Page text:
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Seeking common ground.

SEEKING COMMON GROUND

OVER THE PAST FIVE YEARS, STATE regulation of the mortgage banking industry has increased dramatically. Each year, more state legislature consider passing laws and regulations governing the licensing and examination of mortgage firms. As of year-end 1990, licensing laws had been adopted in some 38 states (and the District of Columbia and Puerto Rico), and bills to create licensing statutes had been introduced in several others. These laws also incorporate examination requirements in conjuction with licensing.

Many mortgage banking firms that are subject to licensing requirements operate in more than one state. As a result, these organizations are also subject to examinations by agencies in each of the states where they operate. Certain companies face the possibility of numerous separate examinations, all based on different fiscal years, all asking for different information. Since most state agencies bill for these examinations through actual expenses incurred, the potential time and expense to mortgage banking firms, as well as regulators, is enormous. In fact, many firms have already paid several thousands of dollars for one state's examination.

At a November 1988 organizational meeting of a new association of state mortgage regulators called the American Association of Residential Mortgage Regulators (AARMR), Virginia's Commissioner of Financial Institutions Sidney A. Bailey, stated that one of the association's primary objectives, if not its most important objective, must be to tackle and resolve the problem of examining multistate mortgage banking firms. As state regulation of mortgage banking has evolved over the last few years, both the industry and its state regulators have pledged to tackle this and other issues. Under the direction of John D. Seymour, Illinois commissioner of Savings and Residential Finance and founding president of AARMR, the association has begun work in three key areas of regulatory supervision and administration.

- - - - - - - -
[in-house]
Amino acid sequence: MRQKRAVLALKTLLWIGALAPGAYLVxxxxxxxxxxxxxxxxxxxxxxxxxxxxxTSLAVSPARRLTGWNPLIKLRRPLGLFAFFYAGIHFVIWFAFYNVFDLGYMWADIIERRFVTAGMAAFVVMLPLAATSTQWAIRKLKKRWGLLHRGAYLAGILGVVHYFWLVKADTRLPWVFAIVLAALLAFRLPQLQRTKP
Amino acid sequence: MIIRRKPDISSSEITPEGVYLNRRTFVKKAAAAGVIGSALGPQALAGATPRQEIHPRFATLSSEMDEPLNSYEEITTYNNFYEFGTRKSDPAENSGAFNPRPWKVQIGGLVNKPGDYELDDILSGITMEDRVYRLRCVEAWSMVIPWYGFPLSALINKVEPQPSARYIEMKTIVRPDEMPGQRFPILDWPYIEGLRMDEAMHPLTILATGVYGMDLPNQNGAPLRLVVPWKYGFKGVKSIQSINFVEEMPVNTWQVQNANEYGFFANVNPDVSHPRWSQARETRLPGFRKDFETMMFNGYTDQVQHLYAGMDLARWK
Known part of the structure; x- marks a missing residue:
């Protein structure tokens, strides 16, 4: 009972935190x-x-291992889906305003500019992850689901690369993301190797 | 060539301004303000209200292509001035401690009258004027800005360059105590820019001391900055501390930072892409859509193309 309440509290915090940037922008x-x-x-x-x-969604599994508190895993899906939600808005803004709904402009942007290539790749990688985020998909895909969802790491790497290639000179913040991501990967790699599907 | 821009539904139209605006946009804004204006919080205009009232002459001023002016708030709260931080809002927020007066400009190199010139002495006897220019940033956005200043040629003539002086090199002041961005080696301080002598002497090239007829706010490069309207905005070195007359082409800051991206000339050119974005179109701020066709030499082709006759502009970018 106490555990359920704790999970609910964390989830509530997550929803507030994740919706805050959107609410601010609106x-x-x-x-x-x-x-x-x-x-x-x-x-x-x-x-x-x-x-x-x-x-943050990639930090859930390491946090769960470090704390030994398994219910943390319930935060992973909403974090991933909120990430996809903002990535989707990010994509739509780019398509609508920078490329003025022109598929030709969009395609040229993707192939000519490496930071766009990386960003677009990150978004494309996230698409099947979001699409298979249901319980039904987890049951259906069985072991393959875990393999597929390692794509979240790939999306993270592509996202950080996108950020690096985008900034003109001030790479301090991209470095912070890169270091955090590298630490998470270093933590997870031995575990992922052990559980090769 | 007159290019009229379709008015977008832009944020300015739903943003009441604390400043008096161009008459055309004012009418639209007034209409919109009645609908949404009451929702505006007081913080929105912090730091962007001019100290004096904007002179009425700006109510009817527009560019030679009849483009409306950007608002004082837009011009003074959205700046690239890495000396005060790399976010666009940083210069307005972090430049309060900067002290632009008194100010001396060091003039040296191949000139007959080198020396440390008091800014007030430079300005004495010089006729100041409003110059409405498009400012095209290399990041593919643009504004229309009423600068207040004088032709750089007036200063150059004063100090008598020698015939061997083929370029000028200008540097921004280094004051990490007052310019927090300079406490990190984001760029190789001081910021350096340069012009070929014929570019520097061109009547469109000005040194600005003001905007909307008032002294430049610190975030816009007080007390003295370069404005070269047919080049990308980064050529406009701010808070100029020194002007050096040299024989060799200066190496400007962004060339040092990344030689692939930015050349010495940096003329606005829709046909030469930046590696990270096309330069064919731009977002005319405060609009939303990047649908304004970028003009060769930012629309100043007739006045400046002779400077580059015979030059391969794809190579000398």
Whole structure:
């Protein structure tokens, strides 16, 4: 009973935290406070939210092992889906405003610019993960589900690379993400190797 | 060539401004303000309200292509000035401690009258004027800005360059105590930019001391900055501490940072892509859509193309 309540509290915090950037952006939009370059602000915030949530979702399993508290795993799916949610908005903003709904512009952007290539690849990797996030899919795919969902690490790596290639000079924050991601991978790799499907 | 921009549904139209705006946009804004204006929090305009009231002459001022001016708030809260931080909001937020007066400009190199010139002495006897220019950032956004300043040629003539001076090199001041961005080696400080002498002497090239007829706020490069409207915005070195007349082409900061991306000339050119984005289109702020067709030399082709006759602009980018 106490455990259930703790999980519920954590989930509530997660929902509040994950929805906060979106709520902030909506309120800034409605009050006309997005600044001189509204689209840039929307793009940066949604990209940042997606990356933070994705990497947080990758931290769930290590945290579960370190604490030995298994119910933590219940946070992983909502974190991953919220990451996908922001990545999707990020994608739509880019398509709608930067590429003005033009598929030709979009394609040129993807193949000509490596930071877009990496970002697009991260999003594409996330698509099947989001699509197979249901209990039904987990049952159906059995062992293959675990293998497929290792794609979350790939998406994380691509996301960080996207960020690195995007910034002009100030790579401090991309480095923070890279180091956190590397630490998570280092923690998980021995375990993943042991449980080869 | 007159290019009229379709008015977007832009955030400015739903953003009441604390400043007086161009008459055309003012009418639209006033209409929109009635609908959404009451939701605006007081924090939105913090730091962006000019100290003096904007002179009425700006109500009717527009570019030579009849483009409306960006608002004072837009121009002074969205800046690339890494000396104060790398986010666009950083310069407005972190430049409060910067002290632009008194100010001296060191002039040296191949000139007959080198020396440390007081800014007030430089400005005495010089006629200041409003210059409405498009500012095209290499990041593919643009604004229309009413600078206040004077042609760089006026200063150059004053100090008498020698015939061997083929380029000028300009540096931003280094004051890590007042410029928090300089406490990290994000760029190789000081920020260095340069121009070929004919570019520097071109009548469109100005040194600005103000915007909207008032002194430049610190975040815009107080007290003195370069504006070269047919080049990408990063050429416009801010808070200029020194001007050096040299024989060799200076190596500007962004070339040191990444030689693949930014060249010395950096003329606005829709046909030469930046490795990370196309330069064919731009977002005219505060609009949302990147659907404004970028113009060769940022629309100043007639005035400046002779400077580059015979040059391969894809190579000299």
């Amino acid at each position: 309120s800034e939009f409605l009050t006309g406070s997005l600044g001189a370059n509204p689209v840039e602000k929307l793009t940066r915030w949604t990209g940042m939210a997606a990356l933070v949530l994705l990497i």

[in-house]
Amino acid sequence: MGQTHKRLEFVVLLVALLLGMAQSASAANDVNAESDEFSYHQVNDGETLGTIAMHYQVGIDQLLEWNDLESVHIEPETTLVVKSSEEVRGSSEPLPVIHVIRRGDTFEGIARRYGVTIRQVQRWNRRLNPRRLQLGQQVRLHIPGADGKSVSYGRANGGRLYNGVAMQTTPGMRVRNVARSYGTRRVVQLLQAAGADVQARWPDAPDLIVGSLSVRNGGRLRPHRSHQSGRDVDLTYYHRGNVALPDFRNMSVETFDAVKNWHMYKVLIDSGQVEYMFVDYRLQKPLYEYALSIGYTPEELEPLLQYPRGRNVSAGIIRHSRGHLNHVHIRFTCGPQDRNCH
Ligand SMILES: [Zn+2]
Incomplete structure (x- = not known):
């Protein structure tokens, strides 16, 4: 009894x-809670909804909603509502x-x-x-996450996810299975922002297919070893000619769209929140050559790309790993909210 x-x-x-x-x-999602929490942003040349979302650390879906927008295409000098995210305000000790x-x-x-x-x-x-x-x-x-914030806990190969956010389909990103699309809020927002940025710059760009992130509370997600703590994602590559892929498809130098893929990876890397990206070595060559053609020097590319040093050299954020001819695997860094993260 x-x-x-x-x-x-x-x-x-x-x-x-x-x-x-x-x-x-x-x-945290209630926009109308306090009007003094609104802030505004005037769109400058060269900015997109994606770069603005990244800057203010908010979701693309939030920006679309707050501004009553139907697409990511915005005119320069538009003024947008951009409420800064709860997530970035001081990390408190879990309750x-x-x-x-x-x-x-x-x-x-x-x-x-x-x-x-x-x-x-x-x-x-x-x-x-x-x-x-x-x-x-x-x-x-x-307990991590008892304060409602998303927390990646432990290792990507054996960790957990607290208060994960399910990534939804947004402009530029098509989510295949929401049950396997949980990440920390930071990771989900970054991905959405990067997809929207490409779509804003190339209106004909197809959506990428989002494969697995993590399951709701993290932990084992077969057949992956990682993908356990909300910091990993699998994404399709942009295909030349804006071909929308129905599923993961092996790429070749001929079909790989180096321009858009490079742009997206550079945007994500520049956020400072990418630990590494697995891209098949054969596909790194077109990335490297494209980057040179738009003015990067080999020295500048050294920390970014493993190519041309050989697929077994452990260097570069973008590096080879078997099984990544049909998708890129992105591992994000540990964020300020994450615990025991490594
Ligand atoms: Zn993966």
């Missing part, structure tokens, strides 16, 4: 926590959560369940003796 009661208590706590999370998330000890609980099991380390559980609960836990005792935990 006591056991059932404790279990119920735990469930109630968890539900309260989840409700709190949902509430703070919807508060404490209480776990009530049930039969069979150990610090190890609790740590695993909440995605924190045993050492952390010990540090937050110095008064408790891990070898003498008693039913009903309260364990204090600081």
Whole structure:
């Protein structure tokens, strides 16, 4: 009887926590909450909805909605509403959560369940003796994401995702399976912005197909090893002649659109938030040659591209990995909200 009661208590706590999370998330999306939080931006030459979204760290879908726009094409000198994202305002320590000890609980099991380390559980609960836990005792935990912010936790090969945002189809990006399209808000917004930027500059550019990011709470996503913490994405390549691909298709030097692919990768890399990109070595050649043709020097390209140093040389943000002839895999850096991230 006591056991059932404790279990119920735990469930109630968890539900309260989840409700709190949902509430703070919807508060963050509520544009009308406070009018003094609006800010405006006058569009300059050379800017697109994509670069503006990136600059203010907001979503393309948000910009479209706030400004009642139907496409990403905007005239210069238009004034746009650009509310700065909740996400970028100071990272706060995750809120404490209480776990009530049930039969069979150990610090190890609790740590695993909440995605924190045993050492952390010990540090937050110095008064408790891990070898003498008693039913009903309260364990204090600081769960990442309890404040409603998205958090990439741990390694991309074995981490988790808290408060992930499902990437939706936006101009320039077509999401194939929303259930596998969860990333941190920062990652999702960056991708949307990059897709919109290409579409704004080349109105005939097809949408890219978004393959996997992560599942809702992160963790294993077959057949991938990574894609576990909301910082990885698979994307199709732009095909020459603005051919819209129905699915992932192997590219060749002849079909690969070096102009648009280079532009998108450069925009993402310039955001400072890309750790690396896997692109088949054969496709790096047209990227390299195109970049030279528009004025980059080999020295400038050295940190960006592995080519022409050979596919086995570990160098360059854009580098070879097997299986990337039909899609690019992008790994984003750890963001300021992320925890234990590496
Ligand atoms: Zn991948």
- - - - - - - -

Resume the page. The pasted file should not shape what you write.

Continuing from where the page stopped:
First, AARMR is attempting to developed consistent and compatible state legislation for the regulation and supervision of the residential mortgage industry. AARMR's Matrix of Minimum Licensing Law Standards Task Force was designed to begin a dialogue and review the process of current state statutory and regulatory standards governing mortgage lenders, servicers and brokers. The goal of the task force is to define minimum licensure standards for these entities. The task force is drawing upon the criteria that individual states have presently established for licensure, as well as the regulations implementing these state law standards. Though the task force is interested in categorizing common approaches to licensing, it is committed to the final goal of recommending a core of minimum standards that all states should consider when implementing new legislation or revising existing law.

On a second front, AARMR's Formalizing Regulatory Inter-Relationships and Clearinghouse Task Force was created to pursue efforts to provide information-sharing criteria among the state regulatory bodies, federal government regulators and those involved in regulation at Freddie Mac, Fannie Mae and GNMA. Discussions have been held concerning establishing minimum examiner and department standards and to make provisions for reciprocal enforcement activities.

This task force has also discussed existing communication problems and the need for improved formal communication among the various authorities. The discussions covered general and confidential information sharing, enforcement activities, application actions, ownership changes and criminal referrals. The legal and financial aspects of information sharing have been studied, as have the extent to which information should be available either on a public or supervisory level. Generally, the task force believes that the individual states have more supervisory control over entities because of specific licensing laws and regulations and, therefore, might be able to move more quickly (than their federal counterparts) against bad players in the industry.

In terms of priorities, the task force is preparing an outline of appropriate items to be included in a national directory of information, such as listings of all states involved in licensing, contacts, federal counterparts, licensees, authorities, formal administrative actions and so forth. The Task Force also is developing short- and long-form model agreements for inter-agency exchanges of supervisory/confidential information and is studying national problem shop procedures and the mechanics of establishing supervisory personnel and examiner standards.